Putting clutter into canisters can be an easy way to add simple design elements to your bathroom that neaten up the room while acting as a storage hack. Storing Q-tips, toothbrushes, and other small items on your countertop in ceramic pots or storage containers.
Take advantage of the little corners on the sides of your toilet and beside the vanity for small sets of drawers. Towel bars and tension rods can help you dry out towels and avoid messes in your bathroom.
Place a magazine rack in the bathroom to keep reading materials tidy.
There are some parts of every home that are somehow magnets for clutter and disorganization, including the laundry room, mudroom, and garages.
In the laundry room, use a curtain rod or a piece of PVC pipe to act as a bonus drying rack for clothing. Stash away detergent, dryer sheets, and other laundry accessories on storage shelves. If you have them, attach racks to the back of cabinet doors for extra spaces to hide small items.
In a mudroom or entryway, a sufficient storage unit can go a long way. A false closet, wardrobe, or armoire can help you store coats and other cold-weather accessories, plus, it’s an extra place to store shoes. Protect your floor with an indoor-outdoor mud rug to avoid dirt being dragged into the rest of your home.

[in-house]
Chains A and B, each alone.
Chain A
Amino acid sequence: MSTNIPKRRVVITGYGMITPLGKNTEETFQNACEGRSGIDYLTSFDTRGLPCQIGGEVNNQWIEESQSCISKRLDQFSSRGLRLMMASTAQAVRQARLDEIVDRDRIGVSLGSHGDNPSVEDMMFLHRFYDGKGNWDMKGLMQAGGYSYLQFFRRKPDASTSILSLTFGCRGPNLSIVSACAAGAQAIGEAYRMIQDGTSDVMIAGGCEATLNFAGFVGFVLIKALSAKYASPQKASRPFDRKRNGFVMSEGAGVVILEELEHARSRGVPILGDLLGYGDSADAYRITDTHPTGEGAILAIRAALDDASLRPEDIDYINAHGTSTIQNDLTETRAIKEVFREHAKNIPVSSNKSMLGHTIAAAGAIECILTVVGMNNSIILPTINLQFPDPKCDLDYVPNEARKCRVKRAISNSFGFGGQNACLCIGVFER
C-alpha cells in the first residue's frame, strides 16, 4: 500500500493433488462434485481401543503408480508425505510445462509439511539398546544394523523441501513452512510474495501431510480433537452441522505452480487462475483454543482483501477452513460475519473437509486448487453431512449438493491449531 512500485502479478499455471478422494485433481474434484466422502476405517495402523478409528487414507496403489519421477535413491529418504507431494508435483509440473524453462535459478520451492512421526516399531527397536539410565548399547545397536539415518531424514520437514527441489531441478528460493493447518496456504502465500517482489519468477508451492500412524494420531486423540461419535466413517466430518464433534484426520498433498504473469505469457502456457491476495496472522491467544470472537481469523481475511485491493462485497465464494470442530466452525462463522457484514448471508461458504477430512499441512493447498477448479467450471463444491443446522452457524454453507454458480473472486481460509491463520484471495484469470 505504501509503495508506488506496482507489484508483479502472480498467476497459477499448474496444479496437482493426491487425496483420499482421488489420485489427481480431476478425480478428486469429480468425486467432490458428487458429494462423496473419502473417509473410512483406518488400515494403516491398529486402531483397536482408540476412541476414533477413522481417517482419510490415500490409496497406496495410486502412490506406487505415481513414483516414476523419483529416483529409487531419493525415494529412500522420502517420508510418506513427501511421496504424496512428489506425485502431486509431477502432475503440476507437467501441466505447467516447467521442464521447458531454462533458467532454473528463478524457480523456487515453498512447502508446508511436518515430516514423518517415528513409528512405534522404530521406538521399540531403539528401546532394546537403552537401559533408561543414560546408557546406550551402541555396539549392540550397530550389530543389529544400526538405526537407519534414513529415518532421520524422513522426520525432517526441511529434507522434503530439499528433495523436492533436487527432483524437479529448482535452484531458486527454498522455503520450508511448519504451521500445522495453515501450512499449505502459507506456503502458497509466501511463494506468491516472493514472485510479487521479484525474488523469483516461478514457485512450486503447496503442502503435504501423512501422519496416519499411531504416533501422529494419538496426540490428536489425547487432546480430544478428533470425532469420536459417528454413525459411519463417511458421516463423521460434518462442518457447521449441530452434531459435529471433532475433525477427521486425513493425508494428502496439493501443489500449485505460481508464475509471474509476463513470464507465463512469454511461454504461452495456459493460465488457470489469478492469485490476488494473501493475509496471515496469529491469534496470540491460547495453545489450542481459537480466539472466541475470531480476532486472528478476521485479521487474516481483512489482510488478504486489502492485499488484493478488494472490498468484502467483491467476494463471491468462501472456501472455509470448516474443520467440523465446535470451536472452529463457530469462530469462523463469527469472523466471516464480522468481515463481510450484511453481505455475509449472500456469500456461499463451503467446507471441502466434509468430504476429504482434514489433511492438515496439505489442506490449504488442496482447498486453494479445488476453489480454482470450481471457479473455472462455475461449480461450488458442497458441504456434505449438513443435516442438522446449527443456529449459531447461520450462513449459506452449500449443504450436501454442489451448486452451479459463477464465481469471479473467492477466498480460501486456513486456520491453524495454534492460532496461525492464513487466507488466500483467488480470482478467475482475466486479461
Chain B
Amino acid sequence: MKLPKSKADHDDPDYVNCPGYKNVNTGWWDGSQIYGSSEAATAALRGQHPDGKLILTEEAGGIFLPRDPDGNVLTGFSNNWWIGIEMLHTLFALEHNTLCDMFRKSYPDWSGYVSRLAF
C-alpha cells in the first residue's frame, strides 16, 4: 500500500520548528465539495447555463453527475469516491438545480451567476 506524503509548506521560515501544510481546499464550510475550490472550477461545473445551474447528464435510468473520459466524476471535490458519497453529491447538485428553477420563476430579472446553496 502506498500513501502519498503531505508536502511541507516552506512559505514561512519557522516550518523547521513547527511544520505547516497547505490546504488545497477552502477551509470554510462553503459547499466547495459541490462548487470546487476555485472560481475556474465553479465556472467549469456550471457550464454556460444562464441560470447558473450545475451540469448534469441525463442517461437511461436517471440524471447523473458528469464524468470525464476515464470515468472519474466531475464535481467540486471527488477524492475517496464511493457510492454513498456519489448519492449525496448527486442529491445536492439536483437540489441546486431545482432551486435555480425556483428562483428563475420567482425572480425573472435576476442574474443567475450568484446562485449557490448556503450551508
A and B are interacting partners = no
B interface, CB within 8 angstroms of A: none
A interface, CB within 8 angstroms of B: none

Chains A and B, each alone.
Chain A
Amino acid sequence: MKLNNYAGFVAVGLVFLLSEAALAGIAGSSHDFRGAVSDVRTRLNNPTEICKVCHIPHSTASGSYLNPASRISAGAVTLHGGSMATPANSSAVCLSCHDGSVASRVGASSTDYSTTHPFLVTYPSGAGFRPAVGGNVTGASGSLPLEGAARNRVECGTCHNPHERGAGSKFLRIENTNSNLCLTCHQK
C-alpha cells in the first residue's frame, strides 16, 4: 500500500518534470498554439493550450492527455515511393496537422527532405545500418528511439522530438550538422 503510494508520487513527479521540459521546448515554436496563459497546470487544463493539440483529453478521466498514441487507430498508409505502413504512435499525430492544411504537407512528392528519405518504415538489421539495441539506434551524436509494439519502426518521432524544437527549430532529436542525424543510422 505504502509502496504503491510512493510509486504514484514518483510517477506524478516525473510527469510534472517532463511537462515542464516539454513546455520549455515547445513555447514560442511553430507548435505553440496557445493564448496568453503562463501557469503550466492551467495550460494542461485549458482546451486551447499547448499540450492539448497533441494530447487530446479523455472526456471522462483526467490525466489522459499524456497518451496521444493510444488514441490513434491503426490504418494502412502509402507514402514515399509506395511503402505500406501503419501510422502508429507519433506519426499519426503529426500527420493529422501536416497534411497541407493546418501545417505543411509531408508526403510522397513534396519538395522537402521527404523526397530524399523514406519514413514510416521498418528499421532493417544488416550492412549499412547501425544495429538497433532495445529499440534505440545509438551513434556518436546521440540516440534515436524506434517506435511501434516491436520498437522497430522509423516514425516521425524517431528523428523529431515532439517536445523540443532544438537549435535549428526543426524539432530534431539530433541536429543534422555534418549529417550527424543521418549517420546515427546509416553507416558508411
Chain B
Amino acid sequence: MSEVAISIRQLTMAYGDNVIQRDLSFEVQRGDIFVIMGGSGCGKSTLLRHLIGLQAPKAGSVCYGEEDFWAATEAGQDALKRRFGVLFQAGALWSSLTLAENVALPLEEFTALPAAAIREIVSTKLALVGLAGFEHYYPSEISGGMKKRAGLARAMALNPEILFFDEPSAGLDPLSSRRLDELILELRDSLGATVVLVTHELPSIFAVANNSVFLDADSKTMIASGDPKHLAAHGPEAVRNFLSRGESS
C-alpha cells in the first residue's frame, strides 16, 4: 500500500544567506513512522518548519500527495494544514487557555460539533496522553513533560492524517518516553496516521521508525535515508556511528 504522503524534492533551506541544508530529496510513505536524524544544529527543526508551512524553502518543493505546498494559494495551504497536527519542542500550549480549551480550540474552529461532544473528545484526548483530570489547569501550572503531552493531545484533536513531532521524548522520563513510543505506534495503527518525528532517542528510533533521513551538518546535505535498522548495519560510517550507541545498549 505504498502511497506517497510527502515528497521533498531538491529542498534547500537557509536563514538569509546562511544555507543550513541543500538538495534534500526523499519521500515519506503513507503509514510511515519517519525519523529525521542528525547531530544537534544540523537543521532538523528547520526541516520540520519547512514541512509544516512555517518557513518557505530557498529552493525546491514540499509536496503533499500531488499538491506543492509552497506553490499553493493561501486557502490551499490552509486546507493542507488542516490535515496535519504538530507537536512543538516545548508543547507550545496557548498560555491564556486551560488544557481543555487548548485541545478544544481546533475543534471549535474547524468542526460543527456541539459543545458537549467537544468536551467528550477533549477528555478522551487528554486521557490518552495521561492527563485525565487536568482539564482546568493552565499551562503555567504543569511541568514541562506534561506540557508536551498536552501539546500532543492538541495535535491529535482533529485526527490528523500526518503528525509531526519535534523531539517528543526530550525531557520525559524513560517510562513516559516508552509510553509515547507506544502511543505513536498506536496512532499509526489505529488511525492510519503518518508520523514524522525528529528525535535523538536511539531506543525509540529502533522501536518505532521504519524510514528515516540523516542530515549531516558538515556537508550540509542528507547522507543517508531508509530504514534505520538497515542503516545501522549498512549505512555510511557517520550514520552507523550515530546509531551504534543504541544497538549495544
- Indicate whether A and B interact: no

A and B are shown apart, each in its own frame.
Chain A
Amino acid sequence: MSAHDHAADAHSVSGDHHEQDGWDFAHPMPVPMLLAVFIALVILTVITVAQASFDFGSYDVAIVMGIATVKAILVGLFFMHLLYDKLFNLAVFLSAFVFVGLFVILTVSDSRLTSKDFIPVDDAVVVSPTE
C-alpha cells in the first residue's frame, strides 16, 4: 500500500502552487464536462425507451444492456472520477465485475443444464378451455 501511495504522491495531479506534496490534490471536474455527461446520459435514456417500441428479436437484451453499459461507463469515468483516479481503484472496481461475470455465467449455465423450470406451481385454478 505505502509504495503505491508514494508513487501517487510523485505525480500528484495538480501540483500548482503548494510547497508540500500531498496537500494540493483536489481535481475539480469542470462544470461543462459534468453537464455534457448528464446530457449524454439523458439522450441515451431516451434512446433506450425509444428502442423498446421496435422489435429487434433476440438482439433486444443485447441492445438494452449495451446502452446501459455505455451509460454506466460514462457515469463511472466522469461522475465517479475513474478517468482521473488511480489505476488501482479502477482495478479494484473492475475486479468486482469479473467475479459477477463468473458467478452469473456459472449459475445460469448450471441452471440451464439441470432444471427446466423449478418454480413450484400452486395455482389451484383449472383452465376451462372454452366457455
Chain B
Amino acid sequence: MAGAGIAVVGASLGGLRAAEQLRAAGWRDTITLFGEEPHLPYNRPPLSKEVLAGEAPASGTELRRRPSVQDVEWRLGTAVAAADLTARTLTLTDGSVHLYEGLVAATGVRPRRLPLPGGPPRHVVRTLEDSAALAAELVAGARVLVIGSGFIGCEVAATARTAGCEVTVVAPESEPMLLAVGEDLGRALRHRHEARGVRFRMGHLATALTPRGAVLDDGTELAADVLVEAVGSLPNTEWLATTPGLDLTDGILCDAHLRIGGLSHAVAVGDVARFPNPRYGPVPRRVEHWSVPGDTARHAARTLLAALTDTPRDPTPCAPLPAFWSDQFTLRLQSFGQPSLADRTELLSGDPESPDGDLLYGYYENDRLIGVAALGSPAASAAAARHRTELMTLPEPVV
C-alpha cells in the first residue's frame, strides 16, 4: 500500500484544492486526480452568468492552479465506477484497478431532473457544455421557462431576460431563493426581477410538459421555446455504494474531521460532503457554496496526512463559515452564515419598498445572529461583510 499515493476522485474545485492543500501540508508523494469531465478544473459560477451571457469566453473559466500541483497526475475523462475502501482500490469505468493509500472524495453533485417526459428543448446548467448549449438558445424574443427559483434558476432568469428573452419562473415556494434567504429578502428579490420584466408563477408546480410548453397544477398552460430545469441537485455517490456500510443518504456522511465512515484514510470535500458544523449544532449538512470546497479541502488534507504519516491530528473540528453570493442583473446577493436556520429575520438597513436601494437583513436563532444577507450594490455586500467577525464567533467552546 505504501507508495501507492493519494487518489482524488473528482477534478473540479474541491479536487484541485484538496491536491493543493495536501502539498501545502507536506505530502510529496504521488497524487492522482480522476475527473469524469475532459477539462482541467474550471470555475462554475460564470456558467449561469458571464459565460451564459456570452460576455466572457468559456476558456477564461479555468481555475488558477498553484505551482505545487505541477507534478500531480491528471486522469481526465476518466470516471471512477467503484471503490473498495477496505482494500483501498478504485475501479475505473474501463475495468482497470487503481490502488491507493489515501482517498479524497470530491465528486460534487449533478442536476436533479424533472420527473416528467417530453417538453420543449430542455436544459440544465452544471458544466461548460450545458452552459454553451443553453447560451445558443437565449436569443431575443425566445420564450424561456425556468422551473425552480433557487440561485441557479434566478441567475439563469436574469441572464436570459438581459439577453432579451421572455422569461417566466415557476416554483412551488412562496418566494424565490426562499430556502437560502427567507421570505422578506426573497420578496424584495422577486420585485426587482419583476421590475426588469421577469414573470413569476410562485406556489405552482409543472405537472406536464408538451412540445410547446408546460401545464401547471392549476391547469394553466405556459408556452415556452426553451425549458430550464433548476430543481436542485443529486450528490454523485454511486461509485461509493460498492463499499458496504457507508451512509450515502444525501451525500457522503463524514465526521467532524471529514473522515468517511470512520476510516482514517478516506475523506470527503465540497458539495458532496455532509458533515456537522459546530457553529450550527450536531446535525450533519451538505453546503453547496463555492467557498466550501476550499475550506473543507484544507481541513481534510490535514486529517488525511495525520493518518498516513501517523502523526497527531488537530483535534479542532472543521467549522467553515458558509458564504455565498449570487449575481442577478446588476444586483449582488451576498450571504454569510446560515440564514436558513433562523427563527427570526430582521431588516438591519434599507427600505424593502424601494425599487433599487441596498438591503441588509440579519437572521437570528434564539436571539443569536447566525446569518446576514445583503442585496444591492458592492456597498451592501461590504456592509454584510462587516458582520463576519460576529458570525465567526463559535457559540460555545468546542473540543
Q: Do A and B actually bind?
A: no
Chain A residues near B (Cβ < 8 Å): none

Arguably the most prone to faulty storage tactics and disorganization, garages, and sheds can also be the perfect place for DIY organization solutions. Use walls studs and pegboards to store tools and hardware vertically. Utilize drawers and organization shelves to store larger items in plastic bins and luggage. Using old bookcases in your garage can help you avoid waste while organizing clutter.
If you’re trying to get rid of hazardous materials such as old paint, motor oil, dead batteries, and lightbulbs, don’t just throw them on the curb with the rest of your garbage. These items should be taken to your local recycling or hazardous waste disposal centers. Check with your municipality to see where you can take these items to properly dispose of them. Simply storing these items should also be done thoughtfully and carefully. Ensure all containers of hazardous chemicals are properly labeled with the identity of the hazardous chemical(s) and appropriate hazard warnings. Keep them tightly shut and out of reach from any children or small critters that find their way into your garage.